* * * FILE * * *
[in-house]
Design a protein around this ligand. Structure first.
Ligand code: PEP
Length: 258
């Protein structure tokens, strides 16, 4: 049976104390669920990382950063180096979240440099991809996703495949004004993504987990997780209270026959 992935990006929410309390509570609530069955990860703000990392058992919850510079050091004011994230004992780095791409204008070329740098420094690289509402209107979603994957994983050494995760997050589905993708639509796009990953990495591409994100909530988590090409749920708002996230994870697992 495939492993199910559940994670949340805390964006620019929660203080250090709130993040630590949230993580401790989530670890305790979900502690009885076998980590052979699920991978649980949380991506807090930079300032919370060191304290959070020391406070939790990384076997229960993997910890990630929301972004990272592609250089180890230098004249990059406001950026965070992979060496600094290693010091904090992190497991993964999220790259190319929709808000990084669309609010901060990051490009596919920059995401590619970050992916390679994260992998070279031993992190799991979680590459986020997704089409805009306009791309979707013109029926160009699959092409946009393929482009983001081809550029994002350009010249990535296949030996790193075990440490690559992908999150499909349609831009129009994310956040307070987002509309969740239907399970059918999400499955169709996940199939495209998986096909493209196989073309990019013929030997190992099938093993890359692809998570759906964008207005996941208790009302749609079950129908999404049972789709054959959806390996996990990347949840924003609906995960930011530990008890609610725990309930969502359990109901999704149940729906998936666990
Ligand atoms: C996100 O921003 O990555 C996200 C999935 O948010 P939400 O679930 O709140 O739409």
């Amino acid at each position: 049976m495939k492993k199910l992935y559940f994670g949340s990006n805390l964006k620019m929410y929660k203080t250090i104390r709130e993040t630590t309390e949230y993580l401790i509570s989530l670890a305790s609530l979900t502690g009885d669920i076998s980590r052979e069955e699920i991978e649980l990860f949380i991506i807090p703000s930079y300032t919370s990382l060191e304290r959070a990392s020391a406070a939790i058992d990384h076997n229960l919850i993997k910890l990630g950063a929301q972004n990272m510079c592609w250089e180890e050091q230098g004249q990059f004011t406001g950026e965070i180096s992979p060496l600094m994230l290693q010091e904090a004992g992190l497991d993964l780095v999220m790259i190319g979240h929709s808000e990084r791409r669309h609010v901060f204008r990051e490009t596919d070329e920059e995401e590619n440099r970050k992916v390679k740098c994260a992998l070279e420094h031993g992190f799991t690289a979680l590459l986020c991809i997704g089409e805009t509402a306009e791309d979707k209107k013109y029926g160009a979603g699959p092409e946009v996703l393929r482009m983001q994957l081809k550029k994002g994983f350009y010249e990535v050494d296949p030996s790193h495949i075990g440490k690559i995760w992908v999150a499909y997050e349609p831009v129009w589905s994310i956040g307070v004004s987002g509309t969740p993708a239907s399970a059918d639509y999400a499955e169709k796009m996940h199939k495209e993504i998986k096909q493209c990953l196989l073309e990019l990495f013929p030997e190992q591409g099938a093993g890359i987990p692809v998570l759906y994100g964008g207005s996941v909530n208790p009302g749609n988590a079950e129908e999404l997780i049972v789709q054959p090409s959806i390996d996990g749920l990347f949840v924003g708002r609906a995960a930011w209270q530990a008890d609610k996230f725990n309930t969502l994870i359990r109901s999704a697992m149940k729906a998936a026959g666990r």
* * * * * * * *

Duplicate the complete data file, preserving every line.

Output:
[in-house]
Design a protein around this ligand. Structure first.
Ligand code: PEP
Length: 258
């Protein structure tokens, strides 16, 4: 049976104390669920990382950063180096979240440099991809996703495949004004993504987990997780209270026959 992935990006929410309390509570609530069955990860703000990392058992919850510079050091004011994230004992780095791409204008070329740098420094690289509402209107979603994957994983050494995760997050589905993708639509796009990953990495591409994100909530988590090409749920708002996230994870697992 495939492993199910559940994670949340805390964006620019929660203080250090709130993040630590949230993580401790989530670890305790979900502690009885076998980590052979699920991978649980949380991506807090930079300032919370060191304290959070020391406070939790990384076997229960993997910890990630929301972004990272592609250089180890230098004249990059406001950026965070992979060496600094290693010091904090992190497991993964999220790259190319929709808000990084669309609010901060990051490009596919920059995401590619970050992916390679994260992998070279031993992190799991979680590459986020997704089409805009306009791309979707013109029926160009699959092409946009393929482009983001081809550029994002350009010249990535296949030996790193075990440490690559992908999150499909349609831009129009994310956040307070987002509309969740239907399970059918999400499955169709996940199939495209998986096909493209196989073309990019013929030997190992099938093993890359692809998570759906964008207005996941208790009302749609079950129908999404049972789709054959959806390996996990990347949840924003609906995960930011530990008890609610725990309930969502359990109901999704149940729906998936666990
Ligand atoms: C996100 O921003 O990555 C996200 C999935 O948010 P939400 O679930 O709140 O739409």
């Amino acid at each position: 049976m495939k492993k199910l992935y559940f994670g949340s990006n805390l964006k620019m929410y929660k203080t250090i104390r709130e993040t630590t309390e949230y993580l401790i509570s989530l670890a305790s609530l979900t502690g009885d669920i076998s980590r052979e069955e699920i991978e649980l990860f949380i991506i807090p703000s930079y300032t919370s990382l060191e304290r959070a990392s020391a406070a939790i058992d990384h076997n229960l919850i993997k910890l990630g950063a929301q972004n990272m510079c592609w250089e180890e050091q230098g004249q990059f004011t406001g950026e965070i180096s992979p060496l600094m994230l290693q010091e904090a004992g992190l497991d993964l780095v999220m790259i190319g979240h929709s808000e990084r791409r669309h609010v901060f204008r990051e490009t596919d070329e920059e995401e590619n440099r970050k992916v390679k740098c994260a992998l070279e420094h031993g992190f799991t690289a979680l590459l986020c991809i997704g089409e805009t509402a306009e791309d979707k209107k013109y029926g160009a979603g699959p092409e946009v996703l393929r482009m983001q994957l081809k550029k994002g994983f350009y010249e990535v050494d296949p030996s790193h495949i075990g440490k690559i995760w992908v999150a499909y997050e349609p831009v129009w589905s994310i956040g307070v004004s987002g509309t969740p993708a239907s399970a059918d639509y999400a499955e169709k796009m996940h199939k495209e993504i998986k096909q493209c990953l196989l073309e990019l990495f013929p030997e190992q591409g099938a093993g890359i987990p692809v998570l759906y994100g964008g207005s996941v909530n208790p009302g749609n988590a079950e129908e999404l997780i049972v789709q054959p090409s959806i390996d996990g749920l990347f949840v924003g708002r609906a995960a930011w209270q530990a008890d609610k996230f725990n309930t969502l994870i359990r109901s999704a697992m149940k729906a998936a026959g666990r």